The idea of “risers” and “fallers” leading up to the NFL draft is always a polarizing topic. Many will claim that there really isn’t that much movement because “the tape is what really matters” and most of the work is done in the fall. There’s a lot of truth to that, but the draft work doesn’t stop in December. It only gets more intense, especially as coaching staffs and medical teams get involved.
The reality is that many prospects still have questions attached to them after they finish their collegiate careers. Some are character questions. Some are medical questions. Some are speed and athleticism questions.
That’s why the Senior Bowl exists. That’s why the NFL combine exists. And that’s why pro days exist.
With that in mind, here is one prospect at each position that has helped themselves over the past few months during the pre-draft process (and be sure to check back here next week for my "fallers, the prospects whose stock is headed the opposite way):
QB: Josh Allen, Wyoming
Personally, I’m still struggling to get over Allen’s career 56.2 completion percentage, because that rarely translates well to the NFL. That said, there’s no question Allen has helped himself since December. He finished strong at the Senior Bowl and followed that up with a strong combine. He has a valid excuse for why his play dropped off in 2017 (wide receivers were non-existent) and his physical traits are off the charts. I’m not saying I would personally draft him early in the first round, but he’s done enough in the past few months that some general manager will risk his career and pull the trigger.
RB: Nick Chubb, Georgia
Everyone keeps hoping the pre-knee injury Nick Chubb reemerges, but that seems unlikely at this point. That said, Chubb performed well at the combine and even ran faster than teammate Sony Michel, who could go in the first round. That will force teams to take a closer look at Chubb, and when they go back to the tape, they’ll still see a highly productive running back who got stronger in his senior year. The medical opinions will likely vary here, but Chubb’s ceiling could be Jordan Howard, who doesn’t have outstanding speed and won’t catch many passes but simply piles up yards because he’s a good, crafty running back.
WR: Justin Watson, Penn
A few weeks ago I quoted a source in this draft notebook that said, “If (Watson) runs fast, mid rounds. If he runs slower, later rounds.” Well, Watson ran fast at his Pro Day. Very fast.
These are outstanding numbers for a guy who caught everything at Penn (and that pass from Allen in the video above). Some teams will still be hesitant about the level of competition, but Watson will undoubtedly be a target for teams that aren’t afraid to draft from smaller schools. I already had Watson in the fourth round range before his pro day, but he could go earlier after such a strong performance.
TE: Mike Gesicki, Penn State
Gesicki has been a favorite of mine for two years now and his NFL combine performance did nothing but validate everything you see on tape. He ran fast (4.54) and posted a ridiculous 41.5-inch vertical. Look, you’re not getting a good blocker here, but you’re getting an incredibly athletic tight end who catches everything. If Ashland’s Adam Shaheen went in the second round last year, I don’t see anyway Gesicki goes later.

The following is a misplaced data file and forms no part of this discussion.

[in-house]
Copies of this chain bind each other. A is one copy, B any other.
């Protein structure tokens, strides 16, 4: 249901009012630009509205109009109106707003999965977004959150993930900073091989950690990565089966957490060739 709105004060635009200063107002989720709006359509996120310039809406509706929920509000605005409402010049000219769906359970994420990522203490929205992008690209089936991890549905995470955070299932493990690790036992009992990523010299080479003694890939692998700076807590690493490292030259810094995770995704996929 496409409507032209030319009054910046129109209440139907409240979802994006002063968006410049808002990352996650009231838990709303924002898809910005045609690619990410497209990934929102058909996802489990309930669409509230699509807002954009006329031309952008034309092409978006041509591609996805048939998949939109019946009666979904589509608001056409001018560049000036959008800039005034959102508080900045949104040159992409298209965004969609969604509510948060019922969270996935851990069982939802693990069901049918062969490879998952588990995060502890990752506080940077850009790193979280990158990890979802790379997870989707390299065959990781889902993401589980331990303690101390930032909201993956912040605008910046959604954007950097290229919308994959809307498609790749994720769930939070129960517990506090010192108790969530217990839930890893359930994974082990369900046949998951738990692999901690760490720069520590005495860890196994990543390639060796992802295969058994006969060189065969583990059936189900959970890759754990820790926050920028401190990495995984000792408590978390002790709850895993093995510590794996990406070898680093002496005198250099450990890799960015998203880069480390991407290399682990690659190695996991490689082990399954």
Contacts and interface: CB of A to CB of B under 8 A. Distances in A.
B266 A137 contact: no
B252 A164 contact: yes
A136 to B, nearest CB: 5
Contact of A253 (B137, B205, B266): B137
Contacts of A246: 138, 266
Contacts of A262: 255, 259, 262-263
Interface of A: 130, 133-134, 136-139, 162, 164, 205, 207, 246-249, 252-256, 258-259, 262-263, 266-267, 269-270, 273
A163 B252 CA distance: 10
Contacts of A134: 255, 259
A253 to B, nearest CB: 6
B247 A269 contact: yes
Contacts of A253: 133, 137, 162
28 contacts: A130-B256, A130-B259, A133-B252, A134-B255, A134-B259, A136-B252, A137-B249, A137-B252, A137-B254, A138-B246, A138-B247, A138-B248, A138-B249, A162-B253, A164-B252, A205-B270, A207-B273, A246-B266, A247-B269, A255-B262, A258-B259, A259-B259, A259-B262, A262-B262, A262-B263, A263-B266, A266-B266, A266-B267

OL: Kolton Miller, UCLA
Miller has been a polarizing prospect because he’s 6-foot-9 and doesn’t always appear to move well on tape, especially when asked to get wide against pass rushers. But the left tackle really helped himself at the combine, running very well and posting the best broad jump among offensive linemen, showing that he has good athleticism. Teams are now more likely to blame his periodic struggles on inexperience (he only played one season at left tackle) and believe they can coach Miller up. He could go in the first round.
DL: Taven Bryan, Florida
Bryan was good enough at the Combine, but he didn’t wow me like I expected. That said, I keep hearing really good things about the defensive lineman — many evaluators believe he can become an All-Pro-caliber player with the right coaching and better technique. I think Bryan will go earlier than many think.
EDGE: Lorenzo Carter, Georgia
Built a lot like the Bears’ Leonard Floyd, Carter took over the Floyd role at Georgia, and the scouting report is very similar. He’s long, he’s athletic, he puts pressure on the quarterback, but the production isn’t all that impressive (4.5 sacks last year). That said, talent evaluators fell in love with Floyd two years ago and Carter has performed well leading up to the draft. He’s also a former five-star recruit who many think has untapped potential.
LB: Jack Cichy, Wisconsin
Coming off a torn ACL in August, Cichy wasn’t able to do anything but the bench press at the combine. But he showed up at Wisconsin’s pro day last week and posted a shuttle time that would have been fourth-best in Indianapolis (4.19) and a 3-cone time that would have ranked fifth (6.88). Those numbers certainly turned some heads just eight months after a severe knee injury.
CB: Jaire Alexander, Louisville
Injuries in 2017 led to a disappointing junior season, but Alexander took a chance and left Louisville a year early anyway. It appears to have been a good decision. Alexander had a great combine and appears to be healthy again, which has him back in the conversation among the top corners in the draft.
S: Justin Reid, Stanford
The younger brother of Eric Reid, Justin is a complete safety with a very high ceiling. I was surprised he wasn’t getting more attention as a potential first-round prospect, but his strong showing in Indy could put him in that conversation.